Arts & Culture

Iranian pop singer discusses contemporary music

Resident artist Namjoo presents on fellow musician’s artistic integrity, song style

By
Staff Writer
Friday, March 14, 2014

University Artist-in-Residence Mohsen Namjoo has been described as the “Bob Dylan of Iran” by the New York Times — the Iranian pop singer and political advocate presented a lecture Wednesday entitled “Shahram Shabpareh: Honesty and Minor Scale,” one of several musical talks he has hosted this semester as part of a collaboration between the Departments of Music and Middle East studies.

As for the Times’ comparison, Namjoo said he feels it is “correct in terms of lyrical style but inaccurate as a musical matter,” he told the Herald.

Prior to his residency at Brown, Namjoo taught music theory in private lessons and workshops at Stanford University, where he held the Visiting Artist Fellowship, according to the Middle East studies website.

But this is his first time teaching a formal course at a university, Namjoo said.

Namjoo is currently teaching MES1000: “Tradition and Protest: Persian and Iranian Music,” and will offer another course this fall entitled “Iranian Music and Poetry: Content and Form,” according to the Middle East studies department website.

The lecture centered on the music of Iranian pop singer Shahram Shabpareh, who has released 23 albums since 1977.

Namjoo began the lecture by explaining the three minor scales present in Shabpareh’s works, including the traditional Western model alongside the Persian scale, Avaz-e-Dashti, and the Iranian Nava scale. In using these scales, Shabpareh gives his music a blues-like quality, Namjoo said.

In an analysis of 163 of Shabpareh’s songs, Namjoo discovered that 80 percent were composed in a minor scale, with only 18 songs in a major scale, Namjoo said.

The use of minor scales intrigued Namjoo because Shabpareh is known as an “icon of happiness” in Iranian pop culture, he said.

Namjoo discussed Shabpareh’s innovative synthesis of Iranian folk and Western music, especially classic rock, as well as his use of both Western and Persian instruments.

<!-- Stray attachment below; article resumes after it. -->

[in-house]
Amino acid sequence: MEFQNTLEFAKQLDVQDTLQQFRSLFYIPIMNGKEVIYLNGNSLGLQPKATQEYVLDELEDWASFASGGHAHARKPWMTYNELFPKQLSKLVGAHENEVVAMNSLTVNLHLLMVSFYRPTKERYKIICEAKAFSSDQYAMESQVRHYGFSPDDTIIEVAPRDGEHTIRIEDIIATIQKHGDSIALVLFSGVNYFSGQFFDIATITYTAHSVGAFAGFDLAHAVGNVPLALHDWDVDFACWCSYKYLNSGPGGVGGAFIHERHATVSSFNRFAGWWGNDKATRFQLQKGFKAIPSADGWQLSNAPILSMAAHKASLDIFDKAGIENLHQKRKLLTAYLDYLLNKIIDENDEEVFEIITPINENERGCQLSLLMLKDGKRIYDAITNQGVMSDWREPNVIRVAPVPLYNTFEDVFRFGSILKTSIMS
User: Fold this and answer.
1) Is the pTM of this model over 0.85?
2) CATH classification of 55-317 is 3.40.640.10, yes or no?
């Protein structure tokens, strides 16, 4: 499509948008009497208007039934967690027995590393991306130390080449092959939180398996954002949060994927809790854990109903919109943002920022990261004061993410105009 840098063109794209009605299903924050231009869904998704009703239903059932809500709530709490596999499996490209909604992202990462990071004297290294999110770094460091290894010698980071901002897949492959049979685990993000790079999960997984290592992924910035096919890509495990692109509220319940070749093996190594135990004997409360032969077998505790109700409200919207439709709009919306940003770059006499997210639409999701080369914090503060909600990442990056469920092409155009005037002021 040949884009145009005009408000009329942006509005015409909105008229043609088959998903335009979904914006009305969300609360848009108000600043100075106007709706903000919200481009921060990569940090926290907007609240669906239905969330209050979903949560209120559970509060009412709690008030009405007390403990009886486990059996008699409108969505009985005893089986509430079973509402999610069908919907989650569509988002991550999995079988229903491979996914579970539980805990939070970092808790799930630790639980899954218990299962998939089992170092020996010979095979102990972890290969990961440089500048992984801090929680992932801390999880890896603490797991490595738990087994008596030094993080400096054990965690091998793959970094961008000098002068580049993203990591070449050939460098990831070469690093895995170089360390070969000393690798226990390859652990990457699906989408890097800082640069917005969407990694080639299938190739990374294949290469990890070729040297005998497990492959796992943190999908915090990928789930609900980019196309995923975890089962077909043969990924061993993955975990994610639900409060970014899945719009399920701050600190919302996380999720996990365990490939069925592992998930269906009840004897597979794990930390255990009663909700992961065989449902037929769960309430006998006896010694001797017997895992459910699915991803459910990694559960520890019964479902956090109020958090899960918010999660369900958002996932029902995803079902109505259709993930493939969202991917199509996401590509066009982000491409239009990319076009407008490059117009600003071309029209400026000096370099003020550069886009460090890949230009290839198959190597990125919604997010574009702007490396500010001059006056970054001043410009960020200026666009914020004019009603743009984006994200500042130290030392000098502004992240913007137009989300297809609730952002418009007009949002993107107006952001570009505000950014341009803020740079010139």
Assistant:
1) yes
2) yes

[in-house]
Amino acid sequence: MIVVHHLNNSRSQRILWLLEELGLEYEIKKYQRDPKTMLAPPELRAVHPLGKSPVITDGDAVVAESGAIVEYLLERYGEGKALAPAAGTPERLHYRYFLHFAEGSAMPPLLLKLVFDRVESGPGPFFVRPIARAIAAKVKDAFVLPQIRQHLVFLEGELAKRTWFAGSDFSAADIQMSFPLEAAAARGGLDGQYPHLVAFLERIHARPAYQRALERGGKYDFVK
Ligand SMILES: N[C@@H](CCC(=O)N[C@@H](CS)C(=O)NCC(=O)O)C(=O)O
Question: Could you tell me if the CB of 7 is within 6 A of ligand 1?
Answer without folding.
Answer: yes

The event was entitled “Honesty and Minor Scale” because Shabpareh’s work is a “symbol of honesty in a time when many pop singers use composers or songwriters,” Namjoo said, noting that Shabpareh wrote and composed over 85 percent of his own songs.

Namjoo highlighted Shabpareh’s work writing for other artists, noting that Shabpareh has built up many other musicians’ careers as well as his own.

Intellectuals “have a judgmental way of thinking when it comes to comparing different types of music,” Namjoo told The Herald. With this lecture, “I wanted to tell them that when you get to questions in music theory, a lot of the pop music you hear has theoretical values and theoretical complexities and depth.”

Shabpareh attended the talk, telling The Herald he thought the event “was a very great program” and calling Namjoo “an extremely learned person.”

The lecture is “starting a new wave of talking about this (genre) of music, taking it more seriously and understanding the depth and different aspects of it,” Shabpareh said, adding that events like this lecture could create an educational conversation in Iran about pop music.

Shabpareh also commented on the importance of music education, as it brings people together “who don’t understand each other’s languages, (but) may understand each other’s music.”

Namjoo will deliver another talk entitled “Western Music vs. Eastern Music: High Pitch vs. Low Pitch” April 9 and  a concert performance, “When you are talking about Iranian Fusion, what are you talking about?” May 10, both in Grant Recital Hall.

 

The quotations in this article were translated from Farsi through a translator during the event and in a subsequent interview with The Herald. 

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